Well as far as concept cars go, it’s a whole different world from everyday-use practical cars.  Nothing has gone all that far from 4 wheels, 2 headlights, gasoline powered.  (Yes, there are hybrids and flex-fuel all over the market… but arguably people don’t like them unless they look like “normal” cars.)  But, this blog isn’t about cars.  I’m sure you knew I was going to talk guitars, because that’s what I do.

There are a ridiculous amounts of varying styles of guitars & guitar innovations out there.  Some of them may not be “reinventing the wheel” exactly, but there is always some great stuff happening, and there has been since the inception of the stringed instrument.  How do you think we got so many varieties?

Krank Amplification | Evolution Of The Electric Guitar

Krank Amplification | Evolution Of The Electric Guitar

I agree that too many axe-slingers fall into the Stratocaster or Les Paul shape trap.  For years I held a disdain for both shapes… but I come back to them.  Why?  Perhaps they’re good designs.  Perhaps they’re iconic.  Perhaps they sound incredible.  Perhaps they work.  There are many other options out there.  If you find yourself chuckling to and agreeing with this graphic, I challenge you to help me to add to my list of innovative guitars.

Any fans of the Guitarz Blog, Tone Fiend, Guitar WTF?, or gUitarREN should be into this.  (Any cool guitar blogs I’m missing?)

Let’s talk about how the guitar is ever-evolving… Shape, materials, string count, innovation, & general insanity.

Indy Custom - Flycaster (Tele-V) Telecaster Flying V Hybrid

Indy Custom Flycaster (or Tele-V?)

There are lots of shapes out there past the Stratocaster or Les Paul, whether it’s somewhat normal or custom insanity.  There’s the SG, the Telecaster, V’s (Flying, Jackson & more), hollowbodies like the Artcore or Gretsch models, the Explorer, the Ravelle, all the crazy B.C. Rich shapes, the Airline, even the Flycaster.  Are there really not enough guitar design shapes out there to satisfy you?  The Stratocaster doesn’t need to change shape, because there are plenty of other options out there!  I’m barely hitting the tip of the iceberg here.  I didn’t even touch on my B.B. Stone, FlipOut, or Batman axes.  How many distinct guitar shapes can you name in the comments?  (Actual produced shapes, not one-offs!)  Bonus for posting or linking to photos.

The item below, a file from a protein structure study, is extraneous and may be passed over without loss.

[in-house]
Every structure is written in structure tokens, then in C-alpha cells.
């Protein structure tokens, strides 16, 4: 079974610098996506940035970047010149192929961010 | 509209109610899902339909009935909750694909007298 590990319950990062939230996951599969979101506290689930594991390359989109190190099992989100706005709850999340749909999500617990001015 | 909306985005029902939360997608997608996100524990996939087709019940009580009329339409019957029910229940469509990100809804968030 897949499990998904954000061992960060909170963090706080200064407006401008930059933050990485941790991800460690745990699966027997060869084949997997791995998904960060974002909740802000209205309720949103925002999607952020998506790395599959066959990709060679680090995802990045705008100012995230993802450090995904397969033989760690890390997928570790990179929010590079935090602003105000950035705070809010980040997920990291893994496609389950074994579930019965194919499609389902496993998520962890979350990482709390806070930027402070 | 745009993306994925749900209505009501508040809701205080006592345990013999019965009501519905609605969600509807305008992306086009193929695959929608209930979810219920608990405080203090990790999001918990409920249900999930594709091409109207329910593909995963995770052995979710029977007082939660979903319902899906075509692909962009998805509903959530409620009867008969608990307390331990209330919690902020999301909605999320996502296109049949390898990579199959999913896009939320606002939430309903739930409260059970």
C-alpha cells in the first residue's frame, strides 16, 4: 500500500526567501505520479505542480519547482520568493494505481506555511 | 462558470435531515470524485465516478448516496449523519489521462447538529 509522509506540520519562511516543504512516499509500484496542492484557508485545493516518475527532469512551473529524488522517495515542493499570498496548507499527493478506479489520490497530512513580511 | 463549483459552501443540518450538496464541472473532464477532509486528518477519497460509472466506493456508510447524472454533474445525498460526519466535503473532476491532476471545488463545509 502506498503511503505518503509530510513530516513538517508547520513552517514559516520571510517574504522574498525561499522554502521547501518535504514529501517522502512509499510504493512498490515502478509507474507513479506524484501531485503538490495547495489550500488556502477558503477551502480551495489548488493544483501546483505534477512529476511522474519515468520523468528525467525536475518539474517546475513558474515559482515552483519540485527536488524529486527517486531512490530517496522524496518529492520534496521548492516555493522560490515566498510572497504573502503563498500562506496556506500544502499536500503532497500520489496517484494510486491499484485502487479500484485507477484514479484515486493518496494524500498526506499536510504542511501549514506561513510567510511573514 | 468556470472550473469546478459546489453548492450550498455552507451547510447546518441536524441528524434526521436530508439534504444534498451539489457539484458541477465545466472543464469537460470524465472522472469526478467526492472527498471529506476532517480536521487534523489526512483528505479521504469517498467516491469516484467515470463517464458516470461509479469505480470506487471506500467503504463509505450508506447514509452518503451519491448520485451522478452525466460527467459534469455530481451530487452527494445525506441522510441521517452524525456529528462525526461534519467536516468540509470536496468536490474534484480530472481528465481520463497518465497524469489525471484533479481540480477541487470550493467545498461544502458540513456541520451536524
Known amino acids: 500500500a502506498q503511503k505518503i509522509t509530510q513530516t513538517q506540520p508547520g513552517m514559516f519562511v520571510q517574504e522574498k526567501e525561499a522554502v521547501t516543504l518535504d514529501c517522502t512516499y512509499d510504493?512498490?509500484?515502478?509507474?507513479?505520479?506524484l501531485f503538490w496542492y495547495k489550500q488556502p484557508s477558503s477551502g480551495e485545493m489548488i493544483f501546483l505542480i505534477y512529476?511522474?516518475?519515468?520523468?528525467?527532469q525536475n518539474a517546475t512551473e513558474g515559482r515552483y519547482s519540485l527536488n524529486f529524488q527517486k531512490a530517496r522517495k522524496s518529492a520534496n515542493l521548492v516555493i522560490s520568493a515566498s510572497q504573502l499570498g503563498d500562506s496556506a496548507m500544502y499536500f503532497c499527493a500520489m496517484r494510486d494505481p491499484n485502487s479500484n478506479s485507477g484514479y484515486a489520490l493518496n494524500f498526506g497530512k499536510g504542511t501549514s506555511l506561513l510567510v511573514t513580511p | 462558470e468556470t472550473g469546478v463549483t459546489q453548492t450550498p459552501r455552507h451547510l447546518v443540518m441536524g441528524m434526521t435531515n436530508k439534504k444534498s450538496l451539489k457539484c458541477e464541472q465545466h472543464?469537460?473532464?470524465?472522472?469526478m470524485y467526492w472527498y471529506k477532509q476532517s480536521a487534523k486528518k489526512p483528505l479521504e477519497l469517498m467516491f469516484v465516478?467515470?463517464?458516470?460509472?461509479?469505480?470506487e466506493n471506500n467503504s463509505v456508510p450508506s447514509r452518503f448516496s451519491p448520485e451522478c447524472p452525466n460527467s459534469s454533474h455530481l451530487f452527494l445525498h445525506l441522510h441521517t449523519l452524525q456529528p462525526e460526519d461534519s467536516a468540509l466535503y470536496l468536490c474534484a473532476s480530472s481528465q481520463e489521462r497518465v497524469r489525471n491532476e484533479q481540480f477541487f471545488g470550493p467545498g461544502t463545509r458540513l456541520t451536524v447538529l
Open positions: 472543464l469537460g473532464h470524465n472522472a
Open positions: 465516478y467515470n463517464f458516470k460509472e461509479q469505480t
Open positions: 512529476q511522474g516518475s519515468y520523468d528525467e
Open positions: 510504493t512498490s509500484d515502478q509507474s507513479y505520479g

There’s also material.  Certainly guitars are mostly made of all types of wood, but there’s also plastic, graphite, Res-O-Glass (fiberglass), the Lucite / plexiglass / acrylic transparent guitars, aluminum necks, and so much more.

Once we get past the plethora of guitar makes, models, & shapes available… there are so many other innovations.  Some are great, some not-so great.  Just off the top of my head I can think of:  Synthesizer & MIDI Guitars, Fretlights, 7/8/12 strings, double neck guitars, the chord buddy, the Coral Sitar, built-in-wireless, the robot guitar, 3D printed guitars, Evertune… but none of them have really busted the mold (yet).  They’re all niche stuff.  This doesn’t even get into the many styles of bridges, tuners, tremolos, locks, and other parts that have been refined… or wiring.  You can get CRAZY with wiring.

World's Largest Playable Guitar being set up at the Carnegie Science Center (Pittsburgh, PA)

World’s Largest Playable Guitar being set up at the Carnegie Science Center – Pittsburgh, PA (Photo Credit: Kara / @ohidontthinkso)

The traveling guitar exhibit is at the Carnegie Science Center in Pittsburgh right now.  I can’t wait to check it out.  It’s got the world’s largest playable guitar.  I was lucky enough to get a preview the other day via Twitter.  Tell me that’s not an innovation?  It will no doubt inspire many to pick up the guitar, or dust off the one they already have.  The entire exhibit displays guitars, how they work, their history, & all kinds of fun interaction.